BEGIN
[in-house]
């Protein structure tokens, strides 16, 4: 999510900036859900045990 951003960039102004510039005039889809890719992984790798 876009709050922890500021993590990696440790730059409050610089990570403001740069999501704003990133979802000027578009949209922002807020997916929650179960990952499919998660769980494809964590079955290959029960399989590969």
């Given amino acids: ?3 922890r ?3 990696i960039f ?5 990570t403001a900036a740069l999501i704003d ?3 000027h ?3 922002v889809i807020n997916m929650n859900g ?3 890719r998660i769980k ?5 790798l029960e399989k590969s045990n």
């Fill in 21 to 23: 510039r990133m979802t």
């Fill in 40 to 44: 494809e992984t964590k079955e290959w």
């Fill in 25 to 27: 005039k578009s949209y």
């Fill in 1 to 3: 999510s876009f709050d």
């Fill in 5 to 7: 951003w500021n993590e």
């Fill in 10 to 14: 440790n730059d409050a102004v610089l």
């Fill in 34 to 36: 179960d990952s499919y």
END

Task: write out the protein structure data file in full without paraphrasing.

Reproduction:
[in-house]
């Protein structure tokens, strides 16, 4: 999510900036859900045990 951003960039102004510039005039889809890719992984790798 876009709050922890500021993590990696440790730059409050610089990570403001740069999501704003990133979802000027578009949209922002807020997916929650179960990952499919998660769980494809964590079955290959029960399989590969």
């Given amino acids: ?3 922890r ?3 990696i960039f ?5 990570t403001a900036a740069l999501i704003d ?3 000027h ?3 922002v889809i807020n997916m929650n859900g ?3 890719r998660i769980k ?5 790798l029960e399989k590969s045990n």
């Fill in 21 to 23: 510039r990133m979802t």
């Fill in 40 to 44: 494809e992984t964590k079955e290959w």
């Fill in 25 to 27: 005039k578009s949209y």
């Fill in 1 to 3: 999510s876009f709050d």
């Fill in 5 to 7: 951003w500021n993590e």
């Fill in 10 to 14: 440790n730059d409050a102004v610089l």
């Fill in 34 to 36: 179960d990952s499919y």